He spent some time in the NFL, too, when he helped bring the league back to Houston. In those six years, he helped build a stadium and host a Super Bowl.
It was a long way from the literal mom and pop shop that the Bucks were nearly three decades before.
"It also had more of a 'homey' feel," he recalled. "I remember going to an All-Star game. Like at the Cousins' house in Atlanta – he (Tom) and his brother were the owners of the Hawks and the entirety of the NBA fit in their house. These days you've got – the last party I was at was David Stern and 5,000 of his closest friends in a convention center. It's a little bit different."
For as good as a box of old memorabilia is at rustling up old memories, there's nothing quite like being back on the actual ground, as Patterson is this weekend.
He arrived Thursday to watch Texas' men's basketball program compete against his former school in Arizona State University that night at the BMO Harris Bradley Center, a fact he said wouldn't have been lost on his father.
"When I saw the matchup come up on CBS and where we were playing, I know Ray would have really laughed with my current players against my former players (at Arizona State) in Milwaukee where it all started," he said.
The fact that Patterson has returned to Milwaukee in his current role, an administrator for a university, in the city that now houses the pro franchise his father helped build, is symbolic, too.
He remembers how important education was to his parents, that they – and several of his mom's siblings – earned college degrees before the GI Bill's creation in 1944 made it a more attainable dream. That was impressed upon him from an early age growing up in Beaver Dam, where an unsatisfactory book report grade resulted in a second one assigned, and graded, by his father.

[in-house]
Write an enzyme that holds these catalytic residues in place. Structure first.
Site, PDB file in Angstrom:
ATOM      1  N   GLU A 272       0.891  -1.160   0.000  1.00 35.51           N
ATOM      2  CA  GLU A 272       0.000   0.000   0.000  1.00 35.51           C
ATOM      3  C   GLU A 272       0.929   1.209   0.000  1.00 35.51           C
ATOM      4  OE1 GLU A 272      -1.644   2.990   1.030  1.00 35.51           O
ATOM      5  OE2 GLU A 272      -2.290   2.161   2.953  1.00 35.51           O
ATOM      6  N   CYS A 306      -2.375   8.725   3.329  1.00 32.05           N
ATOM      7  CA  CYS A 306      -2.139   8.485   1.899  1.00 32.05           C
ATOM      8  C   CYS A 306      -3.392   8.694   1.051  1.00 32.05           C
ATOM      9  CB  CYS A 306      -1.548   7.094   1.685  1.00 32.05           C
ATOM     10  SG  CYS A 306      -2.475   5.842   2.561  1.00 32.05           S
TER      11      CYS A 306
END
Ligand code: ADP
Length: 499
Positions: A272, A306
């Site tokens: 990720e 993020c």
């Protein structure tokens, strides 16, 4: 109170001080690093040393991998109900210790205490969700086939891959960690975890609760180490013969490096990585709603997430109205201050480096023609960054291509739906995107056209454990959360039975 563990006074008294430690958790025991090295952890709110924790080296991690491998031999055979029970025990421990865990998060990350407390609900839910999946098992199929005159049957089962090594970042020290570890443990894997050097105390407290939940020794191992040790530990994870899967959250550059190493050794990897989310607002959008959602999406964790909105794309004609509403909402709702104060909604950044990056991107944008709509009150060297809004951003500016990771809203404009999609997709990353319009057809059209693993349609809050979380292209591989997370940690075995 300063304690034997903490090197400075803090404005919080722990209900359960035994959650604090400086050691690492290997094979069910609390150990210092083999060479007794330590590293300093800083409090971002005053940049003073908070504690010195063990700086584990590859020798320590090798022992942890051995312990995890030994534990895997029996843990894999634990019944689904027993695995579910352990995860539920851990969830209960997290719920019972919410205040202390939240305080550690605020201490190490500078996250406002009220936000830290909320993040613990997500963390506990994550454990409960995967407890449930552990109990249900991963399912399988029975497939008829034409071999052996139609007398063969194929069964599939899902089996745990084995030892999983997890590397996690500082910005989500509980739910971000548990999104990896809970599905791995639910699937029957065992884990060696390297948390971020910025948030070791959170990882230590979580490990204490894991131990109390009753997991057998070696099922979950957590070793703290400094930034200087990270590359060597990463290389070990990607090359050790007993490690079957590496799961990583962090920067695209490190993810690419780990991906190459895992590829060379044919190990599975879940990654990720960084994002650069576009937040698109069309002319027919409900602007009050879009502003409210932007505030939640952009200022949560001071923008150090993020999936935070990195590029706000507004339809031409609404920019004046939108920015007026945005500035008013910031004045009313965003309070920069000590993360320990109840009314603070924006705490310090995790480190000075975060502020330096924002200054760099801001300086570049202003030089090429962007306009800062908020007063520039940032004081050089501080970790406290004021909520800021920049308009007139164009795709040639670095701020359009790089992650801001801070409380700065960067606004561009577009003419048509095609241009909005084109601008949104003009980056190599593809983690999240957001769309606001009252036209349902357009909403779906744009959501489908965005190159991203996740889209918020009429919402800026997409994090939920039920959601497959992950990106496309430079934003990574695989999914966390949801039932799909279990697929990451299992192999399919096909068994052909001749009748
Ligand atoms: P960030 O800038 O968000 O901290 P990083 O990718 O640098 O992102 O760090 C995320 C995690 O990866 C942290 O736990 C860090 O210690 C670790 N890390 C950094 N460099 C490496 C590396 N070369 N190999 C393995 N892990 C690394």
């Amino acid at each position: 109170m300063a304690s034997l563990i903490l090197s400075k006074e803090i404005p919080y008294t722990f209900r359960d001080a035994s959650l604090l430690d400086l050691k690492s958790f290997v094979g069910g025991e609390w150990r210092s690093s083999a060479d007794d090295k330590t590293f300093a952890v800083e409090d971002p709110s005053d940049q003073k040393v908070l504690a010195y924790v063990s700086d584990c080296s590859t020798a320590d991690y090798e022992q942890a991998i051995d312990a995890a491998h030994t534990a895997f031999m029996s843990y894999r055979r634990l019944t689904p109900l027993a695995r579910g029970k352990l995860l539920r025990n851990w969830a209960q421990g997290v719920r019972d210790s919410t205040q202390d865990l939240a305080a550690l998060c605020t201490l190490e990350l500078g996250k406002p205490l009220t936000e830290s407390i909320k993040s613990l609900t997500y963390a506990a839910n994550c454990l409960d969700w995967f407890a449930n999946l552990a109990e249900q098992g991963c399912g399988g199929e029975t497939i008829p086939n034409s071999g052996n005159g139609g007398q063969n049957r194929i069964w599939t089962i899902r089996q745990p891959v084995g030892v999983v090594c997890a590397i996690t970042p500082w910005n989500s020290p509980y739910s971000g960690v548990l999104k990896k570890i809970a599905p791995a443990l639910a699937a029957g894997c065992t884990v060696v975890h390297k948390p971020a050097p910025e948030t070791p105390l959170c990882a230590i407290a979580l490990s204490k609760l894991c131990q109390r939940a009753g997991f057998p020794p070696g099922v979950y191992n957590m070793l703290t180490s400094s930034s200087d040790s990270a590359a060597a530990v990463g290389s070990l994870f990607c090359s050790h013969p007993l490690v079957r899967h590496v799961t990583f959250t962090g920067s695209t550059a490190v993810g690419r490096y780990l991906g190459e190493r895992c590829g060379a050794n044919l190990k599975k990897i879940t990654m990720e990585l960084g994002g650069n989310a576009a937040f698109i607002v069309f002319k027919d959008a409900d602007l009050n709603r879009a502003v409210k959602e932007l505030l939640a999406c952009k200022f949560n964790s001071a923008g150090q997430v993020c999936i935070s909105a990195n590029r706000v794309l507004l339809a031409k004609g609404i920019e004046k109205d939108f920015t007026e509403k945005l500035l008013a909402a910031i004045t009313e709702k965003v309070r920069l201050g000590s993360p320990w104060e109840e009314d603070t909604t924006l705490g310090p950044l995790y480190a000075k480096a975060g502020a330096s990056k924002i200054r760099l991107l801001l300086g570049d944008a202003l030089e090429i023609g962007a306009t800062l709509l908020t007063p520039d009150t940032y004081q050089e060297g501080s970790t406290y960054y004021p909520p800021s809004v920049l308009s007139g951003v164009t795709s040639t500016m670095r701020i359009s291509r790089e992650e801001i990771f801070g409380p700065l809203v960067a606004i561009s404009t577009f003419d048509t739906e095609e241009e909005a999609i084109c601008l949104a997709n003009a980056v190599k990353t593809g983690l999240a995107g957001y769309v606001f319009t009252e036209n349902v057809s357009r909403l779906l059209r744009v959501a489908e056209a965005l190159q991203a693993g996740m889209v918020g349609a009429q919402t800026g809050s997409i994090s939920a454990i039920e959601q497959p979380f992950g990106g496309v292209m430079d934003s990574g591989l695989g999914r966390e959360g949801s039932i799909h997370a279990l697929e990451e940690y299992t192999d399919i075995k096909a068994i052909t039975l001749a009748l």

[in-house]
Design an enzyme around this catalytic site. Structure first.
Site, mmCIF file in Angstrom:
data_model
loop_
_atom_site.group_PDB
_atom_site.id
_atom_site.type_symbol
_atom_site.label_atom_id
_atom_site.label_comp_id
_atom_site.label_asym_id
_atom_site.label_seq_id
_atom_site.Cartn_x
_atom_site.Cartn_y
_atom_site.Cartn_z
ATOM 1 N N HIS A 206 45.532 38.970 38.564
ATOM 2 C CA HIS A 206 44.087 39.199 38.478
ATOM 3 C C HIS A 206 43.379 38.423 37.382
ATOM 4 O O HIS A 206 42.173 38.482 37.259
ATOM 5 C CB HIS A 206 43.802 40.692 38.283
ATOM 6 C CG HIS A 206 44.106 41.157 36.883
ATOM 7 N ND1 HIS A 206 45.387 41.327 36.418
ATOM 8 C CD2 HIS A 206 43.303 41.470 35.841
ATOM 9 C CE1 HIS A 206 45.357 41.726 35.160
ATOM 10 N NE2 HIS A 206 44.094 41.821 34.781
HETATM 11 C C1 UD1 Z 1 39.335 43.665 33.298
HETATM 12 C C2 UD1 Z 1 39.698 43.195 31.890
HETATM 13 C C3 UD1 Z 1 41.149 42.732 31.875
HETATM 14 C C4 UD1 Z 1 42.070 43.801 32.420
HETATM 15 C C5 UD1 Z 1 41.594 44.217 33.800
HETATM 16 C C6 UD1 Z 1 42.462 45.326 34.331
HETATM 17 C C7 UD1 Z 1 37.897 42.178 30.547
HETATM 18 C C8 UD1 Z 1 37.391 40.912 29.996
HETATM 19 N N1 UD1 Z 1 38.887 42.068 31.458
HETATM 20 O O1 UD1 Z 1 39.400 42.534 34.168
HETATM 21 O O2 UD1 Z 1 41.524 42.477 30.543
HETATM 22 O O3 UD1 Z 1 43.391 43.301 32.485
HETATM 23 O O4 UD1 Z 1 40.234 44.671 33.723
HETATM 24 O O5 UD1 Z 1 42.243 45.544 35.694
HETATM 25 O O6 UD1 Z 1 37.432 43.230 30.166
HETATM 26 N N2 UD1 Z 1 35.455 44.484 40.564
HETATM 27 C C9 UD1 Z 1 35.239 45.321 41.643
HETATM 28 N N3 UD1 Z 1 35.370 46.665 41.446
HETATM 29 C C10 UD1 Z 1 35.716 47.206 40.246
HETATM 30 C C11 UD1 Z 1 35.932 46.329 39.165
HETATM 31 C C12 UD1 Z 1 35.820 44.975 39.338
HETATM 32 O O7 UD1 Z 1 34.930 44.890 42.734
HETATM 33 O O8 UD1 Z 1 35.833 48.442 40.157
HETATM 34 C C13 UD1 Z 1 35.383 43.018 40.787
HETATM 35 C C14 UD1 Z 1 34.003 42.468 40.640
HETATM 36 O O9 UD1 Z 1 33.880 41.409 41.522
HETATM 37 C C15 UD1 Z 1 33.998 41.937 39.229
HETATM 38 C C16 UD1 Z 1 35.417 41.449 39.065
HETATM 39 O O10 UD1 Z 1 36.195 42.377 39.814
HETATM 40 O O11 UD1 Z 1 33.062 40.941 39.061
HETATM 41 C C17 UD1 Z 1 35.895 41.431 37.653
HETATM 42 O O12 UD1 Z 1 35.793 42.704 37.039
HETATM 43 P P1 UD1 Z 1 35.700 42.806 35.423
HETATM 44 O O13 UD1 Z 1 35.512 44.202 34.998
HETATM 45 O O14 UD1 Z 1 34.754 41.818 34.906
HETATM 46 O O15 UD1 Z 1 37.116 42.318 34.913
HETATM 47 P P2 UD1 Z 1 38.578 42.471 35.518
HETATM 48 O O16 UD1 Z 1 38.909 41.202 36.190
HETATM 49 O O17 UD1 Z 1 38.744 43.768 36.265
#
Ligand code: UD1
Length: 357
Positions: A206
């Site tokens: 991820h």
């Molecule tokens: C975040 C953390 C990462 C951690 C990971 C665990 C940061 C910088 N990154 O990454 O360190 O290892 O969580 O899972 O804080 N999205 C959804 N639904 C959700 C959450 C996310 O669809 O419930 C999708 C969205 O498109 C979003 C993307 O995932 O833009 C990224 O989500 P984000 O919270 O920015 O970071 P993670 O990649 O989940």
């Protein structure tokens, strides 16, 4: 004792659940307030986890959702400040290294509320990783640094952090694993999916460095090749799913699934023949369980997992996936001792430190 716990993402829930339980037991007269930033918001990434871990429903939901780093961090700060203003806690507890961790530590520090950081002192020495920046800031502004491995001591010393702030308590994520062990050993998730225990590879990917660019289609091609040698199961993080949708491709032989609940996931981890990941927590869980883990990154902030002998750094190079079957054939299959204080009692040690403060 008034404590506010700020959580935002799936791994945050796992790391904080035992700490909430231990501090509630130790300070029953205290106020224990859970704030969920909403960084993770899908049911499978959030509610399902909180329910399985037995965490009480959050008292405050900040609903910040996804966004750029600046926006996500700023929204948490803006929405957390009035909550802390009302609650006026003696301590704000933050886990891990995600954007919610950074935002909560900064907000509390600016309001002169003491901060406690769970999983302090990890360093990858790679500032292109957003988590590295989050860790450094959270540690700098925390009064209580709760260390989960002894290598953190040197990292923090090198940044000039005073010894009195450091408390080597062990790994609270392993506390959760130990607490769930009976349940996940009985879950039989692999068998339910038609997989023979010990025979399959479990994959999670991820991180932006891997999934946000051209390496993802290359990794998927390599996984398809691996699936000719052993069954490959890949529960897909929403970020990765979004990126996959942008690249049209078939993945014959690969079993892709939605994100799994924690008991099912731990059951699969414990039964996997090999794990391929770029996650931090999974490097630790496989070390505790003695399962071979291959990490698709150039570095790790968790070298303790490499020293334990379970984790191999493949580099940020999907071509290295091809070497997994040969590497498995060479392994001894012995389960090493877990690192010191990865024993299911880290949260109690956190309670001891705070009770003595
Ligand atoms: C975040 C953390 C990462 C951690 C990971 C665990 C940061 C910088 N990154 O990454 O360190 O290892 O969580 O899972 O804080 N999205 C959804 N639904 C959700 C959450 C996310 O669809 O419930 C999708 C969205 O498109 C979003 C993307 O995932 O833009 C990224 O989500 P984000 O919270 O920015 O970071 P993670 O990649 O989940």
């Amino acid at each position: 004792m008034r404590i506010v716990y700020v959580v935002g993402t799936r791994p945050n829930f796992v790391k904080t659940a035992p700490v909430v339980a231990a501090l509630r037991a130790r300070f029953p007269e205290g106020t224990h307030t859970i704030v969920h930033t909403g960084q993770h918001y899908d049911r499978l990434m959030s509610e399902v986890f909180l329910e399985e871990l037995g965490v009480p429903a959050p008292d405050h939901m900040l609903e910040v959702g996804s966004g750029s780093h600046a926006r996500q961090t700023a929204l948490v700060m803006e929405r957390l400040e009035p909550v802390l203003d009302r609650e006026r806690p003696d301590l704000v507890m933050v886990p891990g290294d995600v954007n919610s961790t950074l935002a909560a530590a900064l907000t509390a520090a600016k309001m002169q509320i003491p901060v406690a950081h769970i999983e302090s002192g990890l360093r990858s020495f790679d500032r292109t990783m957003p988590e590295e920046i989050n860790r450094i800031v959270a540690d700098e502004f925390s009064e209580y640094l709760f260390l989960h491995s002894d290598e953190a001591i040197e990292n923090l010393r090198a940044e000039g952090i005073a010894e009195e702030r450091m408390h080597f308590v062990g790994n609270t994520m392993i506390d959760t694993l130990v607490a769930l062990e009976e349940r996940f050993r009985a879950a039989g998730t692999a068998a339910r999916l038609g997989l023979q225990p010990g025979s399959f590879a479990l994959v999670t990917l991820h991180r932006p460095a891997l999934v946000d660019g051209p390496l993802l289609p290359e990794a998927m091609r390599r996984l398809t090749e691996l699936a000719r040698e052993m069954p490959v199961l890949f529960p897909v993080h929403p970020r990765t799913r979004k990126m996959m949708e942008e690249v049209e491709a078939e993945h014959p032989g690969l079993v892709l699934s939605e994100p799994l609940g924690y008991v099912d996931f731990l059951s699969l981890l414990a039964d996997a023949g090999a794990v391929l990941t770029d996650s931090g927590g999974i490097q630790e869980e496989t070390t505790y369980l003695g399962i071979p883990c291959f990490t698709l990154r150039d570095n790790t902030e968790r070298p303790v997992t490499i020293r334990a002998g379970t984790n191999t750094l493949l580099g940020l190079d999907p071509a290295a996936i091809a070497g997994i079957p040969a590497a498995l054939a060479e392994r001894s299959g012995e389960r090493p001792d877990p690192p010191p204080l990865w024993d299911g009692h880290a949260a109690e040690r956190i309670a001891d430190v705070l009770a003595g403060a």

After over two decades in pro sports, he joined the college ranks in 2012 when he became the athletics director at Arizona State University, and finds a certain fulfillment in college athletics that just isn't present in pro sports.
"You really change the arc of a family's life and that individual's life," he said. "It's not just wins and losses. It's how you represent the university and what are the successful outcomes for the student-athletes that are in your department, whether it be the bowling team, or the tennis team or the cross country (team) or football or basketball."
It isn't naiveté.
Patterson knows where he's at, and what his role is.
"We're in a unique position at Texas where the athletic department is truly an international brand," he said. "I think we've got a responsibility to expand globally and I think we'll have great opportunities to do that and help tell the story of the University of Texas around the country and around the world."
There is a lot on his plate now, and there has been since the moment he returned to his alma mater in this capacity.
Which brings us back to the boxes.
While Patterson has deep ties to Texas – his mom Ruth still lives in suburban Houston – Steve was living and working in Arizona as recently as November. So, forgive him if he's not completely settled back in just yet. There are boxes to move, to reopen and to remember.
And, though his father passed away in 2011, the elder Patterson held on to a lot of those early Milwaukee Bucks mementos. They're around too, somewhere, waiting to be revisited.
For now, Steve Patterson is back in Milwaukee, enjoying the city, maybe washing down a Rheinischer Sauerbratenand at Mader's and watching basketball.
"It's always fun to get back and see how a lot of it has changed and how a lot of it has stayed the same," he said. "It's great. It's a great town."